The film starts off attempting to utilise a curiously flashy and unnecessary flash forwards and flash backwards structure, which deals with the initial kidnapping and the police investigation in a cursory, abbreviated fashion, before flashing back later -- after the trial of the killer and the subsequent anguish of the parents over his reduced sentence -- to look in more detail at the moment the boy was actually snatched; while in the present, Metcalfe and Christensen, remembering the whole ordeal, are slipping into a toxic emotional twilight zone of addiction and self-blame which is causing their relationship to begin crumbling away. This has the unintended consequence of making the film start as though it were an episode of a TV series and the opening few minutes a synopsis of last week's episode. The film is also probably unwise to attempt to take us into the world of the pervert child killer, whose dingy lair turns out to be nothing but the typical clichéd abode of countless standard serial killer-related TV flicks, while Moseley's child killer is required to be a full-on weirdo freak with smeared lipstick plastered over leering lips and a deranged personality that flits between multiple oddball personas (in the style of the killer in Bob Clark's "Black Christmas"). On top of this, the unfeasibly good-looking Jesse Metcalfe could not be more miscast and unconvincing in his role if his casting had been deliberate sabotage. Christensen also looks more like she should be in a glossy soap opera than a gritty vigilante flick. Both actors do their best but the screenplay doesn't help either of them with its clunky dialogue and wild improbabilities. There's one moment during the trial, with the mother on the stand giving evidence, that should be unbearably powerful but which ends up looking bizarre and surreally funny when, in attempting to get the jury to imagine the horror her little son must have experienced at the killer's hands, Christensen exhorts them to: 'imagine what it must feel like to be assaulted by a thirteen-foot tall giant!'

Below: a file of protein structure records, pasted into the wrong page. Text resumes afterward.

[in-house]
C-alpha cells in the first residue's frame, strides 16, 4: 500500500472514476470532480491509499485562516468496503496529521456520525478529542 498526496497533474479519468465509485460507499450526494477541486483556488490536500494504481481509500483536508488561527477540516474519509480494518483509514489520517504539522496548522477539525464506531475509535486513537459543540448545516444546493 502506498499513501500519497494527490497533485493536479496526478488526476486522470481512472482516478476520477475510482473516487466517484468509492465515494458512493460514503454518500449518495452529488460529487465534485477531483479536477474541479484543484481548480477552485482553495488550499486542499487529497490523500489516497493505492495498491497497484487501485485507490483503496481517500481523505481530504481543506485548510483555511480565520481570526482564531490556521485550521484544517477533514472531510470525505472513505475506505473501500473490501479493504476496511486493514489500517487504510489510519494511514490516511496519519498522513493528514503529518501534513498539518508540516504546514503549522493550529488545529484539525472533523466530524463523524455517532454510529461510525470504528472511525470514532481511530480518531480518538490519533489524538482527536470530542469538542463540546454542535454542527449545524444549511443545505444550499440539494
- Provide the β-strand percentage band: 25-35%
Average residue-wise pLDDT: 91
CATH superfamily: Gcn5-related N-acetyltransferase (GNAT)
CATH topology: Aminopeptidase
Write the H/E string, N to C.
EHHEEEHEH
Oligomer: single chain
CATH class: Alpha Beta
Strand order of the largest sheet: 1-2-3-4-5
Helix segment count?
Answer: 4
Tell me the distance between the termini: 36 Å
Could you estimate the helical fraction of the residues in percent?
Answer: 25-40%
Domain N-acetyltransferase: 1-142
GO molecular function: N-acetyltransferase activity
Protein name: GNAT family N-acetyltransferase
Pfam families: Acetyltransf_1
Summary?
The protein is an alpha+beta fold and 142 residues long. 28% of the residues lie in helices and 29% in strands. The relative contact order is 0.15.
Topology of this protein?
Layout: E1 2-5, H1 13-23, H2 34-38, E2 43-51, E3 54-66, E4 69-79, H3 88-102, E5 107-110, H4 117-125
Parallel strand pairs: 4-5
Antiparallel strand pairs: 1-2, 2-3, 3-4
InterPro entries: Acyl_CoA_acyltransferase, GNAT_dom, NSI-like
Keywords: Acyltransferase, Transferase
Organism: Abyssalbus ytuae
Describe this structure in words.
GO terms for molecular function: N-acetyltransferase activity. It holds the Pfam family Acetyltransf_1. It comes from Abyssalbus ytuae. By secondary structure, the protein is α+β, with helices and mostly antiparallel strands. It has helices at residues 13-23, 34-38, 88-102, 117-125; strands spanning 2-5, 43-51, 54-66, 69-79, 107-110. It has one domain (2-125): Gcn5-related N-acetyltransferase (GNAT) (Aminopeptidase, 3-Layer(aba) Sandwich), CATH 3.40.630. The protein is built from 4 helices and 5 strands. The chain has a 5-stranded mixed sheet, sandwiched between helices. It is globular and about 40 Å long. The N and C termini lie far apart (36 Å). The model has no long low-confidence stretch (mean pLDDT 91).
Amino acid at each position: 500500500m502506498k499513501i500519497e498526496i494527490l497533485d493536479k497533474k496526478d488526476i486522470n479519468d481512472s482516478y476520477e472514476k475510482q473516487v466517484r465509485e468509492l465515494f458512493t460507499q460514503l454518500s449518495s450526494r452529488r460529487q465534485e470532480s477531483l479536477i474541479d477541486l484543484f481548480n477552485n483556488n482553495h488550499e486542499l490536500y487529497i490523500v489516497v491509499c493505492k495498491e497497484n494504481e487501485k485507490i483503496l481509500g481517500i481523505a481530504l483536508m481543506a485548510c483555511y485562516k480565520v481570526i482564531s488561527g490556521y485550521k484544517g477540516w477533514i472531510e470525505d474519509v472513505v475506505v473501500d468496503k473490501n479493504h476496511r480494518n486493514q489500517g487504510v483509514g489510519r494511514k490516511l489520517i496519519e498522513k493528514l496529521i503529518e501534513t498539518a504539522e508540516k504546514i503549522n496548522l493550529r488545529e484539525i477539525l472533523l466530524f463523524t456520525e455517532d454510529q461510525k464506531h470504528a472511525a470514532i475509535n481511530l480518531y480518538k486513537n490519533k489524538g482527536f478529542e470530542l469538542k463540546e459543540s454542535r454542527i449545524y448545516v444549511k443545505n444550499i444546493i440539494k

The actual kidnapping of Kozlowski takes a hugely unlikely and hard to believe scenario ("7 days" also had problems with this part of the plot, but at least it tried to play things down and not draw attention to it) and makes it ten times more so by staging the event as a major action set-piece in which, having gained possession of the prison van with their target inside, Metcalfe loses control of it and plunges the vehicle over the side of a ravine -- which just happens to be conveniently near the abandoned property the couple had previously earmarked for the site of their coming protracted revenge. Once their victim has been rescued from the wreckage alive ('thank God!' says Elise once she realises Kozlowski hasn't perished in the crash, and so will survive to meet a far more unpleasant end at her hands instead!), Craig and Elise strap him down to a work bench in the darkened cellar where they now set about indulging themselves in lengthy sessions of increasingly unpleasant bodily torture, between which, they retire upstairs for bouts of vigorous love making.